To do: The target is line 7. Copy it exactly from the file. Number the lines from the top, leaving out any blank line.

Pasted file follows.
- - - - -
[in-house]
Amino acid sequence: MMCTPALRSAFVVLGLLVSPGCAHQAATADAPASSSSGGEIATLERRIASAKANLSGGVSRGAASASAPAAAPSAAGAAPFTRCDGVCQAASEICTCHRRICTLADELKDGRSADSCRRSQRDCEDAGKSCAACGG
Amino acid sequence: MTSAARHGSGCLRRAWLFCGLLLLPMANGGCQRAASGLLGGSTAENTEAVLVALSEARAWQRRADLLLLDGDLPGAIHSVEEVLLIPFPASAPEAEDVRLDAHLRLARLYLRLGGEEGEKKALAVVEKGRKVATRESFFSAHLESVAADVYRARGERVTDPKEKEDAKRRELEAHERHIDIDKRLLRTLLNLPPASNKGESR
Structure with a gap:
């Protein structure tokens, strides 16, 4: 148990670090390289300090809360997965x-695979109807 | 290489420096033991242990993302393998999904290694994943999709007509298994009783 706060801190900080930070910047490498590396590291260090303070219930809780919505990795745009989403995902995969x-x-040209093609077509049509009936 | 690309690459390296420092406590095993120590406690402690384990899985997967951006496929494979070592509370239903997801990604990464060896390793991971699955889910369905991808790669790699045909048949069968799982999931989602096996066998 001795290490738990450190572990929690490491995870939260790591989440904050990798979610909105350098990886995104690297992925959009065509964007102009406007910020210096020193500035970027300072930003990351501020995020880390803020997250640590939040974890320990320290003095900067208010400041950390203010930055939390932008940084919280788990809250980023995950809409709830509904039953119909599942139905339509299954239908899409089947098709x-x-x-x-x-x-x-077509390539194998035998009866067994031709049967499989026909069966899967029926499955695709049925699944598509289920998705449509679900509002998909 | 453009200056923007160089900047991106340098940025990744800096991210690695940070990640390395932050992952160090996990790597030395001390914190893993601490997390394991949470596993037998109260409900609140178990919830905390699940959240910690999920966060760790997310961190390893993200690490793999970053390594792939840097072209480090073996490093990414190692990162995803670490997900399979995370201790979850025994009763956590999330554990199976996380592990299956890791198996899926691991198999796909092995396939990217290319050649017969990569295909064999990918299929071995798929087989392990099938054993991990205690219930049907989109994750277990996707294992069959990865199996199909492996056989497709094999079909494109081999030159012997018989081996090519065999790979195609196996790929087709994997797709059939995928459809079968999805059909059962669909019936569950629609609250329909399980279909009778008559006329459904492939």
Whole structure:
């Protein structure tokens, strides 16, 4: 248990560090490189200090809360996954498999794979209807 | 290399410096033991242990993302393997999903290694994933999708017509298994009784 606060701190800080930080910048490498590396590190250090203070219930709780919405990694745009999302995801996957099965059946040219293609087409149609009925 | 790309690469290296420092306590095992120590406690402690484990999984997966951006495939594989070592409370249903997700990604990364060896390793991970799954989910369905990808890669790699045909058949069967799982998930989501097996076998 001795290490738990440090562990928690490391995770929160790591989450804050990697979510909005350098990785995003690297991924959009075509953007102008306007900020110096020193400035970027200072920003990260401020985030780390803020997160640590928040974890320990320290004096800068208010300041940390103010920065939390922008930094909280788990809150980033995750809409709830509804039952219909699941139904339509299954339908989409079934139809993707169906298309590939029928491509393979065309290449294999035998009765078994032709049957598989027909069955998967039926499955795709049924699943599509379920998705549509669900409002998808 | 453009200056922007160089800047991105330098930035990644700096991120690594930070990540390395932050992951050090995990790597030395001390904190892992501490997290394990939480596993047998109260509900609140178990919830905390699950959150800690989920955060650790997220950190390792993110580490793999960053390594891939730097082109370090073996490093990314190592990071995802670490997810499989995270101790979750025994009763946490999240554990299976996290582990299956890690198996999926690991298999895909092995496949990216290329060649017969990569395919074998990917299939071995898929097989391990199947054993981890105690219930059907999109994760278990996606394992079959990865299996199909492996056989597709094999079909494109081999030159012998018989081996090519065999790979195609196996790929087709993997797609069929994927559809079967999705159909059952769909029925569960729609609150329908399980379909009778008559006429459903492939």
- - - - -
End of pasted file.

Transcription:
């Protein structure tokens, strides 16, 4: 248990560090490189200090809360996954498999794979209807 | 290399410096033991242990993302393997999903290694994933999708017509298994009784 606060701190800080930080910048490498590396590190250090203070219930709780919405990694745009999302995801996957099965059946040219293609087409149609009925 | 790309690469290296420092306590095992120590406690402690484990999984997966951006495939594989070592409370249903997700990604990364060896390793991970799954989910369905990808890669790699045909058949069967799982998930989501097996076998 001795290490738990440090562990928690490391995770929160790591989450804050990697979510909005350098990785995003690297991924959009075509953007102008306007900020110096020193400035970027200072920003990260401020985030780390803020997160640590928040974890320990320290004096800068208010300041940390103010920065939390922008930094909280788990809150980033995750809409709830509804039952219909699941139904339509299954339908989409079934139809993707169906298309590939029928491509393979065309290449294999035998009765078994032709049957598989027909069955998967039926499955795709049924699943599509379920998705549509669900409002998808 | 453009200056922007160089800047991105330098930035990644700096991120690594930070990540390395932050992951050090995990790597030395001390904190892992501490997290394990939480596993047998109260509900609140178990919830905390699950959150800690989920955060650790997220950190390792993110580490793999960053390594891939730097082109370090073996490093990314190592990071995802670490997810499989995270101790979750025994009763946490999240554990299976996290582990299956890690198996999926690991298999895909092995496949990216290329060649017969990569395919074998990917299939071995898929097989391990199947054993981890105690219930059907999109994760278990996606394992079959990865299996199909492996056989597709094999079909494109081999030159012998018989081996090519065999790979195609196996790929087709993997797609069929994927559809079967999705159909059952769909029925569960729609609150329908399980379909009778008559006429459903492939």